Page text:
Vitamin D deficiency and disease risk among aboriginal Arctic populations

Sangita Sharma, Alison B Barr, Helen M Macdonald, Tony Sheehy, Rachel Novotny, Andre Corriveau, Helen Margaret Macdonald

Research output: Contribution to journalArticlepeer-review

41 Citations (Scopus)


Aboriginal populations living above the Arctic Circle are at particularly high risk of vitamin D deficiency due to limited ultraviolet B exposure (related to geographic latitude) and inadequate dietary intake (recently related to decreased traditional food consumption). Major changes in diet and lifestyle over the past 50 years in these populations have coincided with increased prevalence rates of rickets, cancer, diabetes, and obesity, each of which may be associated with vitamin D inadequacy. This review examines the risk factors for vitamin D inadequacy, the associations between vitamin D and disease risk at high geographic latitudes, and the recommendations for improving vitamin D status particularly among aboriginal Arctic populations. Traditional foods, such as fatty fish and marine mammals, are rich sources of vitamin D and should continue to be promoted to improve dietary vitamin D intake. Supplementation protocols may also be necessary to ensure adequate vitamin D status in the Arctic.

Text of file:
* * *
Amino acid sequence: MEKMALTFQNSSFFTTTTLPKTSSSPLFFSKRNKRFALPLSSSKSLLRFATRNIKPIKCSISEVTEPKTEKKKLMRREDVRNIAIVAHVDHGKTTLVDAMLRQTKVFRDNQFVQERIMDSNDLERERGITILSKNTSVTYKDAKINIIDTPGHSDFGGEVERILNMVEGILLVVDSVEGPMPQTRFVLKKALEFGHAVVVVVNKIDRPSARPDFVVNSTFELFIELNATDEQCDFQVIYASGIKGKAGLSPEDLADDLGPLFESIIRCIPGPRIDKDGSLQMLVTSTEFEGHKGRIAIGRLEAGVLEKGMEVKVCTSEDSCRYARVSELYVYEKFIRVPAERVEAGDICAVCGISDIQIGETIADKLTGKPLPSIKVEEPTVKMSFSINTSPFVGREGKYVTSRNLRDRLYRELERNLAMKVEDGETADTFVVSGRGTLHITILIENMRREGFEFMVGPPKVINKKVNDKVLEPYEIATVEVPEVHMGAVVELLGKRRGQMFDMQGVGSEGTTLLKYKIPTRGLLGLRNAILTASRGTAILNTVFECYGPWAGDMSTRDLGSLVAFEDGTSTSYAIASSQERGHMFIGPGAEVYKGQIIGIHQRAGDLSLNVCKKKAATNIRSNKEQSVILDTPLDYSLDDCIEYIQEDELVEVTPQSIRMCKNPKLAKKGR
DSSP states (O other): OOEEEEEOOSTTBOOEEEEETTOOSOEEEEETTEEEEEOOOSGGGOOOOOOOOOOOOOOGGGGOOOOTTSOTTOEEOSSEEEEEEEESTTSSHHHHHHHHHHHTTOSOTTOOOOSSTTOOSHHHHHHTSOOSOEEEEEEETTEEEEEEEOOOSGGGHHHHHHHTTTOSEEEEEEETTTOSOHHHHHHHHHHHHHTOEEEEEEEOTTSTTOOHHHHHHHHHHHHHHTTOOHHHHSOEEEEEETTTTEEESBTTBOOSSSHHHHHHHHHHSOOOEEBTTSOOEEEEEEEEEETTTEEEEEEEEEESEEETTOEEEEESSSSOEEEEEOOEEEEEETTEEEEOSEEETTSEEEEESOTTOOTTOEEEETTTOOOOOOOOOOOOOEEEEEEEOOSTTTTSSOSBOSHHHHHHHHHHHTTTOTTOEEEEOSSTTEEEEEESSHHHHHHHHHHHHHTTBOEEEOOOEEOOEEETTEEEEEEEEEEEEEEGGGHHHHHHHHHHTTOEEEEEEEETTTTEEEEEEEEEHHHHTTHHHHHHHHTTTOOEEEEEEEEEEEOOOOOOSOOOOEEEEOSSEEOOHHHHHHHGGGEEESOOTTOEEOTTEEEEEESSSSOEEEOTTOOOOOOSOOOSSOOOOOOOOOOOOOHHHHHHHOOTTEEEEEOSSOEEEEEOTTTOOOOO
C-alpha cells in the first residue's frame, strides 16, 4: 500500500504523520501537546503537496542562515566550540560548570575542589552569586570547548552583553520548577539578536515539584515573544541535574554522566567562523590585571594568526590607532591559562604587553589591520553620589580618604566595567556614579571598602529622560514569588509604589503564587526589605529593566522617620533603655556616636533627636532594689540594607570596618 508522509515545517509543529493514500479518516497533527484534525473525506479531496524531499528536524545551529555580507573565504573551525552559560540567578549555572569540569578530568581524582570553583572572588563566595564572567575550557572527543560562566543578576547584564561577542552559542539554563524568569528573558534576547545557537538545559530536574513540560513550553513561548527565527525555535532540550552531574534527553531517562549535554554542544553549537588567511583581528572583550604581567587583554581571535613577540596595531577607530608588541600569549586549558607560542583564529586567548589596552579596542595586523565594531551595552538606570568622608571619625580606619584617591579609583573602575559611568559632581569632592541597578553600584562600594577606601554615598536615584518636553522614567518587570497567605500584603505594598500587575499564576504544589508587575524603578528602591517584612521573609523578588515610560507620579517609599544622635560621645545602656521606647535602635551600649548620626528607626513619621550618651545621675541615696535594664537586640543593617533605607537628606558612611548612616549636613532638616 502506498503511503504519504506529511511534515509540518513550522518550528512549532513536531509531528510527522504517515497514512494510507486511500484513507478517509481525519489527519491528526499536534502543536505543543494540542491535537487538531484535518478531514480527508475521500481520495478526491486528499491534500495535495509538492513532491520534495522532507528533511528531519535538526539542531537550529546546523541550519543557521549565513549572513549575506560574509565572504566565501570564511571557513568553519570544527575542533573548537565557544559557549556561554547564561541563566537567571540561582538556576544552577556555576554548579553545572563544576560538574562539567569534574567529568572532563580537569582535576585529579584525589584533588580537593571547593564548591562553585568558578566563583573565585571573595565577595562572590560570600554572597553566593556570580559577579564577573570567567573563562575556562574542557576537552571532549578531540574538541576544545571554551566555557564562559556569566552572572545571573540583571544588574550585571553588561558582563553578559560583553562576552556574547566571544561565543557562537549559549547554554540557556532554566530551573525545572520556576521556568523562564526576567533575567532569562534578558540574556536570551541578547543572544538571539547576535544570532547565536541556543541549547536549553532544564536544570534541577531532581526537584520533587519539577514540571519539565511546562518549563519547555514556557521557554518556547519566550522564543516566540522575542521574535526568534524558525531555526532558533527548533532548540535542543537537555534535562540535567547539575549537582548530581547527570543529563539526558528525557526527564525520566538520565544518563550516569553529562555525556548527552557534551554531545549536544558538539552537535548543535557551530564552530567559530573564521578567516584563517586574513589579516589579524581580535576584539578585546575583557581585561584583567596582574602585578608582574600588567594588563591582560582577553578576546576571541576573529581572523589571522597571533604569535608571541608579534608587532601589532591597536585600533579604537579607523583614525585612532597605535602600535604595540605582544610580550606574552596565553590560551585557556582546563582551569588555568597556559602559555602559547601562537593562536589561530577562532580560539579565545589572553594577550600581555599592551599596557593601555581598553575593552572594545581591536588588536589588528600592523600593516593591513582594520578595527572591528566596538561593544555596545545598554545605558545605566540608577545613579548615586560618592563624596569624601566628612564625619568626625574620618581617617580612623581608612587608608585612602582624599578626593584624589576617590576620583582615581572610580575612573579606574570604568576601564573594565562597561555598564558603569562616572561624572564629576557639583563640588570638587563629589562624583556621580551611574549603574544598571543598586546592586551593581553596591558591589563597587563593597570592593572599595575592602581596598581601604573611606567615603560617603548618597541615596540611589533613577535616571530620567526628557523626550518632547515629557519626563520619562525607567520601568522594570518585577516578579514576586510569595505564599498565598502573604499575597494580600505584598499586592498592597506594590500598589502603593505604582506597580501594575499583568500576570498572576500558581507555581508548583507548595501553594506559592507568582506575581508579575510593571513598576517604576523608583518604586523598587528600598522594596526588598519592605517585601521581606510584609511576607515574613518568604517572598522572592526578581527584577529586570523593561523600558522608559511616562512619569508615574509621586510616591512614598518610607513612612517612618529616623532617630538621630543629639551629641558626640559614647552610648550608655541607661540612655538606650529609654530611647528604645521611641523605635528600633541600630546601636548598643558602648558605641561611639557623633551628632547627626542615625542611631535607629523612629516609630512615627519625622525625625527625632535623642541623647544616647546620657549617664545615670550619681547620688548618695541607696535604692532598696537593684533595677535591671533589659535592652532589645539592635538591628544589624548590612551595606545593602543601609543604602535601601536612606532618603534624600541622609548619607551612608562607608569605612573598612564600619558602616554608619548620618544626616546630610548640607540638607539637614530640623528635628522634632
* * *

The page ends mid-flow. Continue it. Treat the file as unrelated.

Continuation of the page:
Original languageEnglish
Pages (from-to)468-478
Number of pages11
JournalNutrition Research Reviews
Issue number8
Publication statusPublished - Aug 2011


  • American Native Continental Ancestry Group
  • Arctic Regions
  • Bone Diseases
  • Diabetes Mellitus
  • Diet
  • Energy Intake
  • Ethnic Groups
  • Humans
  • Neoplasms
  • Prevalence
  • Risk Factors
  • Sunlight
  • Vitamin D
  • Vitamin D Deficiency
  • Vitamins


Dive into the research topics of 'Vitamin D deficiency and disease risk among aboriginal Arctic populations'. Together they form a unique fingerprint.

Cite this